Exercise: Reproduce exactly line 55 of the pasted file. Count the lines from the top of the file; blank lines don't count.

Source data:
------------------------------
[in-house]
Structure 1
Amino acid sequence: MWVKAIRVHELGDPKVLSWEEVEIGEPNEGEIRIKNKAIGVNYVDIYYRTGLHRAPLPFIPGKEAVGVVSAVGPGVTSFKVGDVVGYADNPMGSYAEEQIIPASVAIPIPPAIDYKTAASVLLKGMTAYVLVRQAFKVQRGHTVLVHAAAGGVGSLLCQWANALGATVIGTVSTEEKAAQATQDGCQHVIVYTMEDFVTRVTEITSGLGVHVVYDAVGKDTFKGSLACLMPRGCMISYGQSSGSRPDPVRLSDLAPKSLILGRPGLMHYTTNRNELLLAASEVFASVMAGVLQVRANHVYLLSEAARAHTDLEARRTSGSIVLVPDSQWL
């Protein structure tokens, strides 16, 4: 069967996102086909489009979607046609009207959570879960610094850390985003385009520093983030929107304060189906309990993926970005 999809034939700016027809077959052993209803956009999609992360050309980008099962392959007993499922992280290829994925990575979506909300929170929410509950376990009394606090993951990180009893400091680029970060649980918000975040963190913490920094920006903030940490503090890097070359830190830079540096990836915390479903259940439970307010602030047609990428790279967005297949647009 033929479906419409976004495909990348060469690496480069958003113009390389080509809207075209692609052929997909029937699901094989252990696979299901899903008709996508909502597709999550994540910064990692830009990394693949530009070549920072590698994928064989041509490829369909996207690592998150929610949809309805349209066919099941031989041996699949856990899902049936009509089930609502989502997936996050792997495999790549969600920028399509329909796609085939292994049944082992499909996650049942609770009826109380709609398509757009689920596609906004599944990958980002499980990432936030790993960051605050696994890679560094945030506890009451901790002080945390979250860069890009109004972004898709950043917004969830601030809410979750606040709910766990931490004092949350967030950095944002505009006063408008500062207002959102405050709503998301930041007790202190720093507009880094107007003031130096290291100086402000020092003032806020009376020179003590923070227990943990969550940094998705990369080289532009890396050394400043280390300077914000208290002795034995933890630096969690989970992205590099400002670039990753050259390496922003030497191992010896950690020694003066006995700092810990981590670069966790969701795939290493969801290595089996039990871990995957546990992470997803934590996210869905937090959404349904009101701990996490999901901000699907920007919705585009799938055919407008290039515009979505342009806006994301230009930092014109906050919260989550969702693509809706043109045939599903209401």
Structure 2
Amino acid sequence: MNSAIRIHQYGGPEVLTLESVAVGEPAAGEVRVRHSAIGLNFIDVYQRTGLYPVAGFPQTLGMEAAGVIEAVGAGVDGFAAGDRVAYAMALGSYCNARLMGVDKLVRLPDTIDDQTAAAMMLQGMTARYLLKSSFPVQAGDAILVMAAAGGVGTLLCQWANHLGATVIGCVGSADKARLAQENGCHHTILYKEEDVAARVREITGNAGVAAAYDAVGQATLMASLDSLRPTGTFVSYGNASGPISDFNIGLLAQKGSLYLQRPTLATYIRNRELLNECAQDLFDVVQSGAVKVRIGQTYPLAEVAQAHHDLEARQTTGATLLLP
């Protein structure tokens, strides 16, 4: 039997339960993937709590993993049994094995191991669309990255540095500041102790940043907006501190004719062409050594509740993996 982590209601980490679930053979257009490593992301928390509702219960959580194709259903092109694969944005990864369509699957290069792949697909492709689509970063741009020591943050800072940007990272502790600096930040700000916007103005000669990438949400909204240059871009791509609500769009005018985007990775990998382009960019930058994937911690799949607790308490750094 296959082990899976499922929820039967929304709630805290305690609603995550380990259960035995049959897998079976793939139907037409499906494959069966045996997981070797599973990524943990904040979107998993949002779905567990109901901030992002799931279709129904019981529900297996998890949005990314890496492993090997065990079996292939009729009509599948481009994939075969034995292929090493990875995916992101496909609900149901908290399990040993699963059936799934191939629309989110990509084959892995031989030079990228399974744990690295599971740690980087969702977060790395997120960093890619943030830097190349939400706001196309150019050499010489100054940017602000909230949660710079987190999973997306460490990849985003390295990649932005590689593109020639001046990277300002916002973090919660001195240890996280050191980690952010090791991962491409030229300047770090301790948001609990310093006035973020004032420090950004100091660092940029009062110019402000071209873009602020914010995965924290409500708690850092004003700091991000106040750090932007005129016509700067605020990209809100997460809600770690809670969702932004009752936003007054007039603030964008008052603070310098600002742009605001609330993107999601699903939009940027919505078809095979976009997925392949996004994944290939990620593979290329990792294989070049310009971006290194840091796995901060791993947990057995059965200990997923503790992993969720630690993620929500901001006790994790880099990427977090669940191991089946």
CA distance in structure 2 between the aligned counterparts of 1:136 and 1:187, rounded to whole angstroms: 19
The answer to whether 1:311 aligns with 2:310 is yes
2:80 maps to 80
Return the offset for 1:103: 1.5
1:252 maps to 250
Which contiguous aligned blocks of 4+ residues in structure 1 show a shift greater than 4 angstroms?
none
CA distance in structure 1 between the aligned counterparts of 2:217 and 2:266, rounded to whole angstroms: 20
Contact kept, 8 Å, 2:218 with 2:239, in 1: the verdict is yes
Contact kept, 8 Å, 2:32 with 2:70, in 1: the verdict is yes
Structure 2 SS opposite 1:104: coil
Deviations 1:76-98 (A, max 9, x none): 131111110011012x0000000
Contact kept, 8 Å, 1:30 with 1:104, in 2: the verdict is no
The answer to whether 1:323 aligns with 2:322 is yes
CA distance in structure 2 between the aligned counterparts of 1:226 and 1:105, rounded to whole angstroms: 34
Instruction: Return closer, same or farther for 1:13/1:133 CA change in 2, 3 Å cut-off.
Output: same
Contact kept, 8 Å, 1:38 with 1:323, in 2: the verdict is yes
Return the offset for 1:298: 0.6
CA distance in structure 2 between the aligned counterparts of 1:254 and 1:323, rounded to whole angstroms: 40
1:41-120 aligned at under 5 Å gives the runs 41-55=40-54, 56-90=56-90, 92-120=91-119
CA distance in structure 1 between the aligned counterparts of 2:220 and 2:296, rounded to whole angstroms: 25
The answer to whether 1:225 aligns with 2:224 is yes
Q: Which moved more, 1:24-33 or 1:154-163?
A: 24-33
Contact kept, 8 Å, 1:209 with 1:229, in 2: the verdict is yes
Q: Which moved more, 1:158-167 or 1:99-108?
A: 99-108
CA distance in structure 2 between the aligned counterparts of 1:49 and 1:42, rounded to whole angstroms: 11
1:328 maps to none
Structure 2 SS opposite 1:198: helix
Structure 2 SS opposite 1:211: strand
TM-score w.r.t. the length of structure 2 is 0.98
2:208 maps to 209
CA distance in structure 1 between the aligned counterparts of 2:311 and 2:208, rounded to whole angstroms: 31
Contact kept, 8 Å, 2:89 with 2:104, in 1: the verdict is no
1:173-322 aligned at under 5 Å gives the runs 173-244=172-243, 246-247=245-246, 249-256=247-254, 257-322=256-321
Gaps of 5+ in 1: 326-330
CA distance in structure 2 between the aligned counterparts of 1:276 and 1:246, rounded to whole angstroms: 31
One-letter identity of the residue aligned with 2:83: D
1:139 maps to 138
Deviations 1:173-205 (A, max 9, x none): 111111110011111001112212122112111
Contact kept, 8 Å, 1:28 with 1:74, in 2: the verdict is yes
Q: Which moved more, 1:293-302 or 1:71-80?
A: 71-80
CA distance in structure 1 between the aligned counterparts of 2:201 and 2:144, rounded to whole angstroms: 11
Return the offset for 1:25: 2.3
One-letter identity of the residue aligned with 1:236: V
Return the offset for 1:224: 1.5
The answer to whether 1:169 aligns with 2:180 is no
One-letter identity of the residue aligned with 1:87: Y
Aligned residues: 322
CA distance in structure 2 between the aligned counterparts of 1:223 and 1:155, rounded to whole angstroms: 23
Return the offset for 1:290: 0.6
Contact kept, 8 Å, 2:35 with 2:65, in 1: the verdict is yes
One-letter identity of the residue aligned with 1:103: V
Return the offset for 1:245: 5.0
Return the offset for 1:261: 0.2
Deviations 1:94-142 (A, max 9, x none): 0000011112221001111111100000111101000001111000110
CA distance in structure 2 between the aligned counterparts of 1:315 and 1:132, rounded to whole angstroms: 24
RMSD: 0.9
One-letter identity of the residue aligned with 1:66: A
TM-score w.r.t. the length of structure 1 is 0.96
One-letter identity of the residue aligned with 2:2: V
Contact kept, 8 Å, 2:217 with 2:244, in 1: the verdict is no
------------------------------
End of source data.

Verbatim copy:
One-letter identity of the residue aligned with 1:236: V